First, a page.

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The Other America


Phyllis Bennis is a leading analyst and writer on the Middle East, the war in Iraq, the United Nations, and on U.S. foreign policy. She is a long-time activist, and works closely with United for Peace and Justice and the U.S. Campaign to End the Israeli Occupation to oppose what she describes as the “dual occupations” in the Middle East. Bennis was a featured speaker at the September 26 rally in Vancouver against war, occupation and Empire organized by the StopWar coalition.

A fellow at the Institute for Policy Studies (IPS) in Washington, D.C., Bennis sat down with Derrick O’Keefe from Seven Oaks during her recent Vancouver visit to discuss the anti-war movement both internationally and in the United States, her work against the Israeli occupation of Palestine, U.S. policy towards the Chavez government, as well as broader questions of UN reform and strategies for opposing war and Empire.

Derrick O’Keefe: Last week, George Bush spoke to the United Nations General Assembly, again defending the legitimacy of a war that – even more so today – does not have international legitimacy. How is this administration’s Iraq policy playing out?

Phyllis Bennis: I think that many people in the U.S. understand that Bush deals with the UN reluctantly, only under pressure, and very tactically, when he’s forced to deal with the UN at all. It’s in some ways a tribute to the global opposition to war in Iraq, and to U.S. unilateralism in general, that Bush felt compelled – because of the pressures of the U.S. election – to go to the UN at all. There were many who thought that he would just disdain it altogether. But the fact that he went, he treated it in an extraordinarily tactical way, as if it was nothing but one more venue for his campaign for the November elections. He treated the gathered world leaders as if they were likely to accept as a given his belief, or claimed belief, — I don’t even know if he believes it or not – that events in Iraq are going well, that Iraq is the world’s newest democracy, as he put it, and that things are on the upswing. He and Vice President Cheney appear to be the only ones who are saying that. Even people at the Pentagon are saying that’s not the case, the State Department’s saying that’s not the case. It’s really only from the political campaign that that claim is coming forward, that the conditions in Iraq are improving.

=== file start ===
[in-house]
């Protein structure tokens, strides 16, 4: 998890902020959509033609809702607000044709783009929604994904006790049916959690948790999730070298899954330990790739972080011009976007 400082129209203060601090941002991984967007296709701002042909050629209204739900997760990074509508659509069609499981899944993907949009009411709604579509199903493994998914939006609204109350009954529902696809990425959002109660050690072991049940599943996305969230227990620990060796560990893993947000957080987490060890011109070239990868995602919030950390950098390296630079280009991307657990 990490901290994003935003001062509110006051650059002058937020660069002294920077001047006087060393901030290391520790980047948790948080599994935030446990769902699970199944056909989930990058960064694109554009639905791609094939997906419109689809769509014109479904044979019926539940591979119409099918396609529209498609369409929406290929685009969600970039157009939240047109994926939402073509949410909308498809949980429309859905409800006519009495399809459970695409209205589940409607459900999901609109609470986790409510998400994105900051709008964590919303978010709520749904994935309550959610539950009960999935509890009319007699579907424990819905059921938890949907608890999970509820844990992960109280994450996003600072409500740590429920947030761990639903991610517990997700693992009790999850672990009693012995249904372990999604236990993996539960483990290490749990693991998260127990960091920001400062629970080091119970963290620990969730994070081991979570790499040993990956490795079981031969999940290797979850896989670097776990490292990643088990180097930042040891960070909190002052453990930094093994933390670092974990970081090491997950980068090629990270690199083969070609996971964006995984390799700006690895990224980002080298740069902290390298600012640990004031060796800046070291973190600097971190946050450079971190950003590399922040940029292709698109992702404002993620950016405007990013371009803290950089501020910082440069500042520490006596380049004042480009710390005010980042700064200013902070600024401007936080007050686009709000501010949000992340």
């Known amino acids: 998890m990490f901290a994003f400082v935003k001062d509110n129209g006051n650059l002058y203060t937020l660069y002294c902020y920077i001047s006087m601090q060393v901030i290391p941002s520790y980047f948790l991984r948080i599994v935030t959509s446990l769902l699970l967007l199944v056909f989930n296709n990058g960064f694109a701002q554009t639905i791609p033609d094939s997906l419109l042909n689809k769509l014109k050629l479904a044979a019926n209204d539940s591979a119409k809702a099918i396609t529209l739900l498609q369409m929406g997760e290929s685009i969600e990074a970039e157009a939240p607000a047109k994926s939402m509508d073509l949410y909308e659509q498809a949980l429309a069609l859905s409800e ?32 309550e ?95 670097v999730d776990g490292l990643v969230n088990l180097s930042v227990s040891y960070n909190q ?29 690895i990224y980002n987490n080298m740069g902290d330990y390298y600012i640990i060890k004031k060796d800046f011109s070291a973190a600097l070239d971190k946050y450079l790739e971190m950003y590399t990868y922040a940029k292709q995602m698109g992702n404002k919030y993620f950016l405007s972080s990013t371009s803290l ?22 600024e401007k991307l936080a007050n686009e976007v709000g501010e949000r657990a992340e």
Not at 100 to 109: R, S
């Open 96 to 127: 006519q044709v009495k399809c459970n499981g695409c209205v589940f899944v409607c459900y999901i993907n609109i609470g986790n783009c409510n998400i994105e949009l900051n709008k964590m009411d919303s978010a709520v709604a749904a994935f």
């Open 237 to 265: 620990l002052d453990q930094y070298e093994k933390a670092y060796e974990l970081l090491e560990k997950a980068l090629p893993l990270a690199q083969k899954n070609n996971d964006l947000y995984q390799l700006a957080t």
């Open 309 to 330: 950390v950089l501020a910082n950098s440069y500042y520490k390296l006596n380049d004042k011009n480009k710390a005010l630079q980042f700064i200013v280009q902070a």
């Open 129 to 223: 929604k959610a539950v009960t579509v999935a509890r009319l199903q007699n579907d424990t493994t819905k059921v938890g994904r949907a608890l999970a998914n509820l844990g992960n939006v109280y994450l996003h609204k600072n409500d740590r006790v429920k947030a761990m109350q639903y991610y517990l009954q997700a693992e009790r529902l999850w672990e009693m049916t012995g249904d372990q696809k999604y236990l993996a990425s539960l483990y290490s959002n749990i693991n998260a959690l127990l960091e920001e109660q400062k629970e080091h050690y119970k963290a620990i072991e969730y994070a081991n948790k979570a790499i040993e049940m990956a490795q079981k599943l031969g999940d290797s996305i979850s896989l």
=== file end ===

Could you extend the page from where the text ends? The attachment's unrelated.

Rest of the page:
In fact, a new report that the Institute for Policy Studies is just working on, that we will be releasing next week, focuses on costs of war. Particularly in the three-month period that they are calling the “transition,” there has been an extraordinary explosion of escalating costs in death and destruction. Certainly the most obvious is in the number of deaths of U.S. troops, which has absolutely spiked in those three months. The deaths of U.S. and other contractors has also spiked. The numbers of Iraqi deaths has become even harder to track than before. We know that they are still huge and unacceptable, but the cost of war to Iraq has become even more difficult. So the notion that things are getting better simply flies in the face of reality. And he treated the UN in an extraordinarily insulting way, trying to claim that was true.

D.O.: At the end of August, a reported half-million people marched in New York City against the war and against the Republican National Convention. How wide is the anti-war sentiment in the United States?

P.B.: The anti-war spectrum is very, very broad at this time. It’s really reached right into the heart of what we call “middle America.” Working people, ordinary people, across this country, are having severe doubts about this war. One of the most important components of the anti-war movement these days is made up of the families of military people who are deployed in Iraq, as well as the families of victims of September 11. So there’s a really powerful credibility factor that’s really unshakable, when you talk to family members who say, “If you’re serious about supporting the troops, bring them home.” This [war] isn’t how you support the troops.